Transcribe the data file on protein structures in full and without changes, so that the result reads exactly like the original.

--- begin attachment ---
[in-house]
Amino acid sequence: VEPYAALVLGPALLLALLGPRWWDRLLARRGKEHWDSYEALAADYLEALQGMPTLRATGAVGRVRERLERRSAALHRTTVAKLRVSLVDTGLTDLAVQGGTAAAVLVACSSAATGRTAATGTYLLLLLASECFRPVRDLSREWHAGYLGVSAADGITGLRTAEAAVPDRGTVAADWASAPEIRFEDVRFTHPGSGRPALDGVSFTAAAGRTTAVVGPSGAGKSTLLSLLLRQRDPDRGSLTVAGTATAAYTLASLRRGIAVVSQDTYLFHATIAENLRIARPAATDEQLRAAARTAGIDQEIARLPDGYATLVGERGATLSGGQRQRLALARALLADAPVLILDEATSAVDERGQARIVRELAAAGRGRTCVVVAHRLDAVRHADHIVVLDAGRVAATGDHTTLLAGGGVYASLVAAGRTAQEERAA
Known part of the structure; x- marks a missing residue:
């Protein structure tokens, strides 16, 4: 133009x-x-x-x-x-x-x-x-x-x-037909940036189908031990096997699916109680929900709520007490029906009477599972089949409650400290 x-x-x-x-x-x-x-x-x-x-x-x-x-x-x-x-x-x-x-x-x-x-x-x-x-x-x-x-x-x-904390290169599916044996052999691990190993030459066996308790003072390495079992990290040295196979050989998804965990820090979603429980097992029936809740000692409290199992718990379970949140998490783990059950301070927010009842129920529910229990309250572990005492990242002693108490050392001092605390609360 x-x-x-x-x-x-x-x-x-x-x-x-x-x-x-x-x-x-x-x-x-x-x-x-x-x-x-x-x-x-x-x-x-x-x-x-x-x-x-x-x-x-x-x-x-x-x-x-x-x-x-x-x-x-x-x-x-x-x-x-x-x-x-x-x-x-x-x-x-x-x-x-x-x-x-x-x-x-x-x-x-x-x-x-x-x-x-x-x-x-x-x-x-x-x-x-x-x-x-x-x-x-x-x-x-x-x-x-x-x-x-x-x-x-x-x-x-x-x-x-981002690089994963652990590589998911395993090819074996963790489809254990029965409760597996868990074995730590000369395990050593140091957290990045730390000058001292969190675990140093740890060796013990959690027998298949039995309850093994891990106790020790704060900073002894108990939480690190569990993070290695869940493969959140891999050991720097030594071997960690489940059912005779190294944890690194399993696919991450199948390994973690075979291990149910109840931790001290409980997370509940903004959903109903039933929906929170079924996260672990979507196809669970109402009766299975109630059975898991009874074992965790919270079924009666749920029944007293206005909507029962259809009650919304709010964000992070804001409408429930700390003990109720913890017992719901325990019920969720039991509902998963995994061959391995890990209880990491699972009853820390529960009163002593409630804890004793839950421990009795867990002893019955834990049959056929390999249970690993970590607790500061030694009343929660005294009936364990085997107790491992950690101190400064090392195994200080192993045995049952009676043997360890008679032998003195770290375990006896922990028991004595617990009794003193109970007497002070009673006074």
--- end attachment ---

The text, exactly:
[in-house]
Amino acid sequence: VEPYAALVLGPALLLALLGPRWWDRLLARRGKEHWDSYEALAADYLEALQGMPTLRATGAVGRVRERLERRSAALHRTTVAKLRVSLVDTGLTDLAVQGGTAAAVLVACSSAATGRTAATGTYLLLLLASECFRPVRDLSREWHAGYLGVSAADGITGLRTAEAAVPDRGTVAADWASAPEIRFEDVRFTHPGSGRPALDGVSFTAAAGRTTAVVGPSGAGKSTLLSLLLRQRDPDRGSLTVAGTATAAYTLASLRRGIAVVSQDTYLFHATIAENLRIARPAATDEQLRAAARTAGIDQEIARLPDGYATLVGERGATLSGGQRQRLALARALLADAPVLILDEATSAVDERGQARIVRELAAAGRGRTCVVVAHRLDAVRHADHIVVLDAGRVAATGDHTTLLAGGGVYASLVAAGRTAQEERAA
Known part of the structure; x- marks a missing residue:
């Protein structure tokens, strides 16, 4: 133009x-x-x-x-x-x-x-x-x-x-037909940036189908031990096997699916109680929900709520007490029906009477599972089949409650400290 x-x-x-x-x-x-x-x-x-x-x-x-x-x-x-x-x-x-x-x-x-x-x-x-x-x-x-x-x-x-904390290169599916044996052999691990190993030459066996308790003072390495079992990290040295196979050989998804965990820090979603429980097992029936809740000692409290199992718990379970949140998490783990059950301070927010009842129920529910229990309250572990005492990242002693108490050392001092605390609360 x-x-x-x-x-x-x-x-x-x-x-x-x-x-x-x-x-x-x-x-x-x-x-x-x-x-x-x-x-x-x-x-x-x-x-x-x-x-x-x-x-x-x-x-x-x-x-x-x-x-x-x-x-x-x-x-x-x-x-x-x-x-x-x-x-x-x-x-x-x-x-x-x-x-x-x-x-x-x-x-x-x-x-x-x-x-x-x-x-x-x-x-x-x-x-x-x-x-x-x-x-x-x-x-x-x-x-x-x-x-x-x-x-x-x-x-x-x-x-x-981002690089994963652990590589998911395993090819074996963790489809254990029965409760597996868990074995730590000369395990050593140091957290990045730390000058001292969190675990140093740890060796013990959690027998298949039995309850093994891990106790020790704060900073002894108990939480690190569990993070290695869940493969959140891999050991720097030594071997960690489940059912005779190294944890690194399993696919991450199948390994973690075979291990149910109840931790001290409980997370509940903004959903109903039933929906929170079924996260672990979507196809669970109402009766299975109630059975898991009874074992965790919270079924009666749920029944007293206005909507029962259809009650919304709010964000992070804001409408429930700390003990109720913890017992719901325990019920969720039991509902998963995994061959391995890990209880990491699972009853820390529960009163002593409630804890004793839950421990009795867990002893019955834990049959056929390999249970690993970590607790500061030694009343929660005294009936364990085997107790491992950690101190400064090392195994200080192993045995049952009676043997360890008679032998003195770290375990006896922990028991004595617990009794003193109970007497002070009673006074």